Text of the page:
An uprising in 1920 and again in 1935 pitted many Shi’ite tribal leaders against the Baghdad government. After Iraq became nominally independent in 1932, the leader of the Assyrian Christians petitioned the British for great autonomy and protection.
The response of the new kingdom under Faisal I was to massacre the Assyrians, who were portrayed as colonial stooges.
Dozens of villages were attacked, around 1,000 murdered, and some 15,000 fled to Syria. The city of Mosul, that greeted IS in 2014 with cheers, also greeted the massacre of Christians in the Nineveh plains with cheers in 1933.
Fast-forward now to the post-war period of the 1940s and 1950s. When Lebanon declared independence in 1943 it was still coveted by Syria whose rulers saw it as a “beachhead (mustaqarr)” for anti-Syrian or anti-Arab interests, according to Bassel Salloukh. In 1944 Lebanon signed the Alexandria Protocol with other Arab states, in which it promised to support Arab issues in exchange for recognition. Only in 2008 did Bashar Assad re-establish formal diplomatic recognition of Lebanon. Lebanon sacrificed its independent policy-making to support various “pan-Arab” causes, such as harsh opposition to the creation of Israel.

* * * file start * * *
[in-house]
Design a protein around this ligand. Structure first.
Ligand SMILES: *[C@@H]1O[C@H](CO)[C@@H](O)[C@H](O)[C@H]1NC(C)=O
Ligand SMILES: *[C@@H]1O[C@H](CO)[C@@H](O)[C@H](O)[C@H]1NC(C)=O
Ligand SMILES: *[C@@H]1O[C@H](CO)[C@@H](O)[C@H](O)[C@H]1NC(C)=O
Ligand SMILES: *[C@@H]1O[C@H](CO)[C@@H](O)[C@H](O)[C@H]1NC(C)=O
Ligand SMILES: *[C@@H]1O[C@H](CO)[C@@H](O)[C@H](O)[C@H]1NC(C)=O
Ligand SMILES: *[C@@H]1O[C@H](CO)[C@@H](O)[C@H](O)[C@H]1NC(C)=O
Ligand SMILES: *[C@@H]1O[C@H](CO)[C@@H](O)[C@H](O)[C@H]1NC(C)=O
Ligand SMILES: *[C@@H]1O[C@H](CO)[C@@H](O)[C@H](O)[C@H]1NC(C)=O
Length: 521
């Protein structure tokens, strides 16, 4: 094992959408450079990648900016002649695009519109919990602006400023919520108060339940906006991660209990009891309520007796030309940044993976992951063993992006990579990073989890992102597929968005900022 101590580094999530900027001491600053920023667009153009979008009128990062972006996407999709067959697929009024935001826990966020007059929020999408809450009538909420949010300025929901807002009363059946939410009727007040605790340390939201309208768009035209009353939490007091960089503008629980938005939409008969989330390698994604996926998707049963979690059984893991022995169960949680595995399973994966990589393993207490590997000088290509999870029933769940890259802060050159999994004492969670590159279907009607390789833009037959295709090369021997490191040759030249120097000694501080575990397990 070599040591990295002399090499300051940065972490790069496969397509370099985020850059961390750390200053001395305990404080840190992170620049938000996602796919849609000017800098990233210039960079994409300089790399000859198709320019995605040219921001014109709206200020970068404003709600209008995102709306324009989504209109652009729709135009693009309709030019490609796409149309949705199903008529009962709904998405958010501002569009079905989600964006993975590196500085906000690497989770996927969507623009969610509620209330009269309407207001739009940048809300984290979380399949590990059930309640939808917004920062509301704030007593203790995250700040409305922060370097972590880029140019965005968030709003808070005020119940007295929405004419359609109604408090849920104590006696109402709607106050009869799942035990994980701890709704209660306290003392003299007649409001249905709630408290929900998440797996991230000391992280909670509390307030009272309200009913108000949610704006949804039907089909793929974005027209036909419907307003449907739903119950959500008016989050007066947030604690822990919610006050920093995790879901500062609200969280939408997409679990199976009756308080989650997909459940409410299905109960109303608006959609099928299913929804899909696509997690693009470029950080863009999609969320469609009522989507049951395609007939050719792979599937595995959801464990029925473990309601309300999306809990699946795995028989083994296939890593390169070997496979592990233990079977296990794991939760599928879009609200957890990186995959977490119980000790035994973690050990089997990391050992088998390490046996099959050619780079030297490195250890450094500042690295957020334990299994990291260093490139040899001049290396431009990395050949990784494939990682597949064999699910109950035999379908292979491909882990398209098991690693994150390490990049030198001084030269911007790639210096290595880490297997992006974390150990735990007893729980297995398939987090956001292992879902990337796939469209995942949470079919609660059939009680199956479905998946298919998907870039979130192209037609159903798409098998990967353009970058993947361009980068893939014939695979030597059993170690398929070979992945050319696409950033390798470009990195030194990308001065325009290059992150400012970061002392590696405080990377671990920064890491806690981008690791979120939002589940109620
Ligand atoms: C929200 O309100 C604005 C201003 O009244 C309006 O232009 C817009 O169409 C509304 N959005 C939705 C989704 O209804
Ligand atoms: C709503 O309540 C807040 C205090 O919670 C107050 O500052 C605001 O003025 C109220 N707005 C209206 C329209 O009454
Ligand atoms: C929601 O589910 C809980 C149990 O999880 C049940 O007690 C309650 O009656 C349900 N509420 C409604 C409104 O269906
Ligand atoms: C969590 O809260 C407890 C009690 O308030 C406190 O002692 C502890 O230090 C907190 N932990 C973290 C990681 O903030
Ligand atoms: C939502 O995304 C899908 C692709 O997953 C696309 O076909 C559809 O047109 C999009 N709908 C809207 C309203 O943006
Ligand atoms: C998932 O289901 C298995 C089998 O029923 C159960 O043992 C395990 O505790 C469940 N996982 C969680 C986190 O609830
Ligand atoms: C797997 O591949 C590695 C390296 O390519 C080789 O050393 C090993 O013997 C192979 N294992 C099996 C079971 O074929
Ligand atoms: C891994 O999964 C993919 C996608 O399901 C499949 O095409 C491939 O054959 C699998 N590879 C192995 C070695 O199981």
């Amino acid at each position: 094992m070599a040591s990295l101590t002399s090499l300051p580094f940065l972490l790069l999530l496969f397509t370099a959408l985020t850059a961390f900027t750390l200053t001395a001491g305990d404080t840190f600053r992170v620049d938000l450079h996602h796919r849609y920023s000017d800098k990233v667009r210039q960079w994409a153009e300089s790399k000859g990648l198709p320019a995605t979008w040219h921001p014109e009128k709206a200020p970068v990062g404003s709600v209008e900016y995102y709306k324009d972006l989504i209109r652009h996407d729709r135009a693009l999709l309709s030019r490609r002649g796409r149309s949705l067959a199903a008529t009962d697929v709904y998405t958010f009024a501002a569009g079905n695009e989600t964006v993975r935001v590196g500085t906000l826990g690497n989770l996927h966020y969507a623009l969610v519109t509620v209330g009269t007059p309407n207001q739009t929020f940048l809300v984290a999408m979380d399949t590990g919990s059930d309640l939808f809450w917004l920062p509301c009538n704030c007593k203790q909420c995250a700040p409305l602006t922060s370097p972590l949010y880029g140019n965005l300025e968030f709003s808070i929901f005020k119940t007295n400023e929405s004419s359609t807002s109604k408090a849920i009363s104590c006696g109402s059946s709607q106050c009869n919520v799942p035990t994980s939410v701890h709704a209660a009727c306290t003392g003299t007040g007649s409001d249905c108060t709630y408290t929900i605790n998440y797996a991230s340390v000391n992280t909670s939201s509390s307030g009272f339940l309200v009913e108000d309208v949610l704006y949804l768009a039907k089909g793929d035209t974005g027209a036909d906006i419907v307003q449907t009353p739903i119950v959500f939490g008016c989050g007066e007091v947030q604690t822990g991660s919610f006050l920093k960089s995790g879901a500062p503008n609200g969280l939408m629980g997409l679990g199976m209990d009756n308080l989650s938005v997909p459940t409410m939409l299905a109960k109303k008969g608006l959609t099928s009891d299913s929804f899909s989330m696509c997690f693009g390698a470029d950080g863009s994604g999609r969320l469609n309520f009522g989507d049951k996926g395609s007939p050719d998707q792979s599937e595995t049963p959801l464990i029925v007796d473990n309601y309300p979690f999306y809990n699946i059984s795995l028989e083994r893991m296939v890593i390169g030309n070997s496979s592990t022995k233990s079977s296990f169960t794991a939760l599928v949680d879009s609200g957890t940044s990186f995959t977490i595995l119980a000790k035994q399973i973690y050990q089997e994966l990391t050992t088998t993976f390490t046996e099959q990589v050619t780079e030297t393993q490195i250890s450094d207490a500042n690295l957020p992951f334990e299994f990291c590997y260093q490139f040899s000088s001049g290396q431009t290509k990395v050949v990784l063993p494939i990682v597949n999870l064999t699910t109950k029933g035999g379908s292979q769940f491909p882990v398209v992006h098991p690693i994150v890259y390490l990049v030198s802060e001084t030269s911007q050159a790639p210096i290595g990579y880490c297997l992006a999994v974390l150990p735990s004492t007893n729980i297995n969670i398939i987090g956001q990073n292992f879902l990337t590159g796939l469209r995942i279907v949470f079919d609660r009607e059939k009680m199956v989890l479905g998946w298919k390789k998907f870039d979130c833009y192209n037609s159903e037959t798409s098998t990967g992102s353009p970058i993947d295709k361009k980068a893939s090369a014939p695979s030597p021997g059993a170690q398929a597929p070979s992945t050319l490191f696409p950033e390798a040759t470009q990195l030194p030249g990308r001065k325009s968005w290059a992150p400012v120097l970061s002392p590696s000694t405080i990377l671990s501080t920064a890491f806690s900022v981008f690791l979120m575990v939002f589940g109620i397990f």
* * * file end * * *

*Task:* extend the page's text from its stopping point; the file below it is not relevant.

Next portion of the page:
Lebanon’s continued status as a “Christian majority” state helped lead it to civil war in the 1970s. Lebanese president and warlord Bashir Gemayel, who said that the Maronite Christians “would not become like the Copts of Egypt,” a reference to being second-class citizens, was assassinated.
The Taif agreement of 1989 that ended the civil war and was brokered by Saudi Arabia specifically transferred power to the Sunni prime minister. Syria’s Assad family, far from supporting minority rights in the region, despite what grandpa had wanted, always supported a policy of being the leader of the “Arab resistance” against “Zionism and imperialism.” Ba’athist pan-Arabism was their flag, not Alawite, Christian or Kurdish rights. In fact Assad harshly suppressed Kurdish rights.